Notice I said “family history” and not “genealogy?” That’s because there’s actually specific standards and training required to become a certified genealogist. I am not a genealogist. I don’t even like to say I do “genealogy,” but that’s generally the label used for the family history research I love to do. If you see me use the word genealogy, it is in this informal sense.
I believe it’s important to decide early on what your reasons are for doing family history research and documentation. What you want to achieve will inform how you should proceed.
G is for Generational Sharing.
This is one of my goals. I have uncovered family connections to a number of famous or interesting people, but it’s the everyday lives of ancestors that is worthy of preservation. My children and extended family are only marginally interested now, but that might change. As a result of this goal, I need to keep in mind how I will keep my research accessible, especially as technology changes.
O is for Organization.
A clipping here, a family Bible there, before you know it, you have boxes of memorabilia and documentation that needs serious organization. And organization stamps out confusion, such as which “Jim Johnson” are we referring to, father or son? Your photo collection, too, can benefit from your family history efforts. I’ll have a whole blog post later on my numbering/naming system that lets me find documents and photos of individuals in just a few minutes.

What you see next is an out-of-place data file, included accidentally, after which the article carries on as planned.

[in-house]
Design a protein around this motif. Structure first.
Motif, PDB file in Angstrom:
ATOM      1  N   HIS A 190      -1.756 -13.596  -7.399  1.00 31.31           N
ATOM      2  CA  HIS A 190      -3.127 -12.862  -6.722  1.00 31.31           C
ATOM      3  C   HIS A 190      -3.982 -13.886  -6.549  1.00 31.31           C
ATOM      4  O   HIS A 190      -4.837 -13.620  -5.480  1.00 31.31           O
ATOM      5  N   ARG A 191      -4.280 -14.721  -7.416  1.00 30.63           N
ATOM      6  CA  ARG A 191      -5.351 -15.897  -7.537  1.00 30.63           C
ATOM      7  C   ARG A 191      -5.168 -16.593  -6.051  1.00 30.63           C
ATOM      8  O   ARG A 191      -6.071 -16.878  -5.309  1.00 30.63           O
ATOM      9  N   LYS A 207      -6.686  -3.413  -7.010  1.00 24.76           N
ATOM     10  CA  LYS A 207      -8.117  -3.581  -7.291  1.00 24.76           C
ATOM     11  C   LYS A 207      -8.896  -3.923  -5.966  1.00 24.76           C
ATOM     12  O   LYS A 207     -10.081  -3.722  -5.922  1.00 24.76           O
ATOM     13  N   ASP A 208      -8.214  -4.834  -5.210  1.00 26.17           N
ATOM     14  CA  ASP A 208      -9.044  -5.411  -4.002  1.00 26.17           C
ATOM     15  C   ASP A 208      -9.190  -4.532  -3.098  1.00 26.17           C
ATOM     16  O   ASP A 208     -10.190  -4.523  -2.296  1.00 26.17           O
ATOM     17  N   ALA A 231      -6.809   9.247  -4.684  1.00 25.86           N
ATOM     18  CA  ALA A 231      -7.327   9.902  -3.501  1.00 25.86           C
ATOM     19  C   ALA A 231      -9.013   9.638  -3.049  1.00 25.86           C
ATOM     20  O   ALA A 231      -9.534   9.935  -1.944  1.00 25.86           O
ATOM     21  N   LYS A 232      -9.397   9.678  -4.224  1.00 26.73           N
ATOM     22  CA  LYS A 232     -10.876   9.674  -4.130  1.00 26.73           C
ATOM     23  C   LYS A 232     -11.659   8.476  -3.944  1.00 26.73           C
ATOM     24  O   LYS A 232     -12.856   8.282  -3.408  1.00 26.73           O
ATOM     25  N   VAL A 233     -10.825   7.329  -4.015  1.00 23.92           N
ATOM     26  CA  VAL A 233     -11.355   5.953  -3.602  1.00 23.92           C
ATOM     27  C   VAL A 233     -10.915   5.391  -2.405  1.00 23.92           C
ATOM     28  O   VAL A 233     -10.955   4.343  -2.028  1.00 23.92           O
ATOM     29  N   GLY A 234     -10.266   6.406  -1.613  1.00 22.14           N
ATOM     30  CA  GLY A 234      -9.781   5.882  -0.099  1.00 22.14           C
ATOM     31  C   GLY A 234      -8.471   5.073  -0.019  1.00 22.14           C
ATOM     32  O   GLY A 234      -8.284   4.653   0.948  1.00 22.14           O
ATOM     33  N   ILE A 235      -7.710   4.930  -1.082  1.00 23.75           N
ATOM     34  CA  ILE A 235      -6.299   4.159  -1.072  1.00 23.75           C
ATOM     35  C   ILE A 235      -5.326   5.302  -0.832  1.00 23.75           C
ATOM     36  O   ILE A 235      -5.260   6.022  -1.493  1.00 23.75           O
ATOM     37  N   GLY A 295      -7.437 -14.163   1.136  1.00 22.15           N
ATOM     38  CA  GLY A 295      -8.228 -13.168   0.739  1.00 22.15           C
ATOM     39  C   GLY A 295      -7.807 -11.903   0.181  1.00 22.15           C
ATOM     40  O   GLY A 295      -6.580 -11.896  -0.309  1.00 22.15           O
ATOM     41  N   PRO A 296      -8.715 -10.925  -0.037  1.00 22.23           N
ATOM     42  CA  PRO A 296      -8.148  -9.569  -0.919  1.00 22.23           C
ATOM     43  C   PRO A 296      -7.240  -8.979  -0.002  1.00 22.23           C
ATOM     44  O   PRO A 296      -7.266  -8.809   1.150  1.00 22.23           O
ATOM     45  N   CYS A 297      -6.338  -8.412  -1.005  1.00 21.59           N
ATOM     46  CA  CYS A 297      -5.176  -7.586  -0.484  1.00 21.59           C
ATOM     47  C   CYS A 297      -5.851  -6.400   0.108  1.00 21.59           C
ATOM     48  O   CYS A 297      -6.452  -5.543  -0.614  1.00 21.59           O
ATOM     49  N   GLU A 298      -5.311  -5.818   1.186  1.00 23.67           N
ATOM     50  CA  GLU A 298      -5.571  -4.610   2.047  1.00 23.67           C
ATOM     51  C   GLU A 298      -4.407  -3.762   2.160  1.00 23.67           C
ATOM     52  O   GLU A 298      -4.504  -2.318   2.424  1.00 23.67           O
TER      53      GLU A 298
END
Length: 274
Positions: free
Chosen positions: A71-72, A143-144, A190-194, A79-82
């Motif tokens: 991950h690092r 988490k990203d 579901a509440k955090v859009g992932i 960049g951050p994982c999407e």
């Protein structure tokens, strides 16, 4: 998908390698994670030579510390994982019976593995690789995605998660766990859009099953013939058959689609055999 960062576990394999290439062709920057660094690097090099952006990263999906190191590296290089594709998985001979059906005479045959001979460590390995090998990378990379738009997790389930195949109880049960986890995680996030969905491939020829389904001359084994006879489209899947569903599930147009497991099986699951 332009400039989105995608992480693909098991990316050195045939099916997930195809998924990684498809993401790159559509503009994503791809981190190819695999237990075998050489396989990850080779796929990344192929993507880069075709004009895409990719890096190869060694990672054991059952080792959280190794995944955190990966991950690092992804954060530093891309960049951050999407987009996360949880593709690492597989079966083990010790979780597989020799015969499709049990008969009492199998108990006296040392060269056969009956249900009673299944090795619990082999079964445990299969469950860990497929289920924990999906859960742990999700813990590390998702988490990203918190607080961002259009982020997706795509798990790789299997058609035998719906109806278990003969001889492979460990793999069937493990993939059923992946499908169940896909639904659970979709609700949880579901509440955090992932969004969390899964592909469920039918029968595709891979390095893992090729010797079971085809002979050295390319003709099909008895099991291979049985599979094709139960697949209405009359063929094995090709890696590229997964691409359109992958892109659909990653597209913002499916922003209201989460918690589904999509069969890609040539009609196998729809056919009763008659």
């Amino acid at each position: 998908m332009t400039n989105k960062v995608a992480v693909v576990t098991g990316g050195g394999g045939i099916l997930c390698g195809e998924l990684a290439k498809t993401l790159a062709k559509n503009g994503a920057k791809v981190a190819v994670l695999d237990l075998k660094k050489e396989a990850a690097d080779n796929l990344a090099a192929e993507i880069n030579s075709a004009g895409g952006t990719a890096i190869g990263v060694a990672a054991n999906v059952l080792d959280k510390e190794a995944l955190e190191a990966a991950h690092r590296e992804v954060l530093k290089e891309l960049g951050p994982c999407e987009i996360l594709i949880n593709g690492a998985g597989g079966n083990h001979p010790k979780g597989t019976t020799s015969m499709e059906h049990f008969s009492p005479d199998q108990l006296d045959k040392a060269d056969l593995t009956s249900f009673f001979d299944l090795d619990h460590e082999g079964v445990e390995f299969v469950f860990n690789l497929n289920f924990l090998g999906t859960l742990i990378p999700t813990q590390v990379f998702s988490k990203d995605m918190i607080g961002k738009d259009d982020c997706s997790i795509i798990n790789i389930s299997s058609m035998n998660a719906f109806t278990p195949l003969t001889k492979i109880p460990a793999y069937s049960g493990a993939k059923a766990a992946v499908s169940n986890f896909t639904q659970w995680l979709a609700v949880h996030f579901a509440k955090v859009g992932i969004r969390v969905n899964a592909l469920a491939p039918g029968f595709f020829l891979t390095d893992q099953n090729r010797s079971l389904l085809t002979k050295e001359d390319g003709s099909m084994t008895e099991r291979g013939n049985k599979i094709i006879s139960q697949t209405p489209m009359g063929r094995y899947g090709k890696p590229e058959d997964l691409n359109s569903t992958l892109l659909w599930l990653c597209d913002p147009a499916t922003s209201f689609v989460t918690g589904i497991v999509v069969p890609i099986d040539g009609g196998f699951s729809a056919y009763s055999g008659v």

A is for Addiction (um, Hobby)
Depending on how much free time you have on your hands, family history research can occupy many otherwise idle hours. The nice thing is that the fruit of your labor can be enjoyed for decades and by many people. At the very least, you’ll take research trips decades and centuries back in time, and it will keep you out of the stores.
L is for Lineage Society Membership
I’m not personally interested in seeking membership in the Mayflower Society or the Daughters of the American Revolution, but anyone who has such a goal should find the membership requirements up front. Proper documentation is key to gaining membership, so to avoid re-doing your research, learn how to collect and store documentation from the very start.
So, what are your goals? Post a reply to this blog and let’s have a group conversation.